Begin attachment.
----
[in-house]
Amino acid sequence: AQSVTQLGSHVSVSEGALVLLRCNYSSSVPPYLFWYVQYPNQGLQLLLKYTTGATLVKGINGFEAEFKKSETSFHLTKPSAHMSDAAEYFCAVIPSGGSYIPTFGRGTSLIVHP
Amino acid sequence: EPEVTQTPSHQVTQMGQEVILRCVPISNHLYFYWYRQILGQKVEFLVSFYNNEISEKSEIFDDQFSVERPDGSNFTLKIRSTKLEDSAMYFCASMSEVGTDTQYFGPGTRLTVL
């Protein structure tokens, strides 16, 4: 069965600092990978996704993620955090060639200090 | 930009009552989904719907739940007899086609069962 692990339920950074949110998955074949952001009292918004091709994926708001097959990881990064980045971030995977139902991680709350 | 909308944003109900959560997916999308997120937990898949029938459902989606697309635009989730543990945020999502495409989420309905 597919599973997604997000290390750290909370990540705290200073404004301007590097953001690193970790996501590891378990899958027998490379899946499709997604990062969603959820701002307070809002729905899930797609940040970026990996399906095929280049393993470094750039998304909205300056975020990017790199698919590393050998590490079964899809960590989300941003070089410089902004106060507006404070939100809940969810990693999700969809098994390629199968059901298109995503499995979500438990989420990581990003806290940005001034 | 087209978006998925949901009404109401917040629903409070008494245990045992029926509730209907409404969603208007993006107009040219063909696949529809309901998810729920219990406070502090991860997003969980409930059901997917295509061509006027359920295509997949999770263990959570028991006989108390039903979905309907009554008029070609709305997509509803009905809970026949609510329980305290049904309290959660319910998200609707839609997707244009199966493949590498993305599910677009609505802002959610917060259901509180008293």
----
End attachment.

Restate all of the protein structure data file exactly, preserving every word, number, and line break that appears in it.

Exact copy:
[in-house]
Amino acid sequence: AQSVTQLGSHVSVSEGALVLLRCNYSSSVPPYLFWYVQYPNQGLQLLLKYTTGATLVKGINGFEAEFKKSETSFHLTKPSAHMSDAAEYFCAVIPSGGSYIPTFGRGTSLIVHP
Amino acid sequence: EPEVTQTPSHQVTQMGQEVILRCVPISNHLYFYWYRQILGQKVEFLVSFYNNEISEKSEIFDDQFSVERPDGSNFTLKIRSTKLEDSAMYFCASMSEVGTDTQYFGPGTRLTVL
């Protein structure tokens, strides 16, 4: 069965600092990978996704993620955090060639200090 | 930009009552989904719907739940007899086609069962 692990339920950074949110998955074949952001009292918004091709994926708001097959990881990064980045971030995977139902991680709350 | 909308944003109900959560997916999308997120937990898949029938459902989606697309635009989730543990945020999502495409989420309905 597919599973997604997000290390750290909370990540705290200073404004301007590097953001690193970790996501590891378990899958027998490379899946499709997604990062969603959820701002307070809002729905899930797609940040970026990996399906095929280049393993470094750039998304909205300056975020990017790199698919590393050998590490079964899809960590989300941003070089410089902004106060507006404070939100809940969810990693999700969809098994390629199968059901298109995503499995979500438990989420990581990003806290940005001034 | 087209978006998925949901009404109401917040629903409070008494245990045992029926509730209907409404969603208007993006107009040219063909696949529809309901998810729920219990406070502090991860997003969980409930059901997917295509061509006027359920295509997949999770263990959570028991006989108390039903979905309907009554008029070609709305997509509803009905809970026949609510329980305290049904309290959660319910998200609707839609997707244009199966493949590498993305599910677009609505802002959610917060259901509180008293």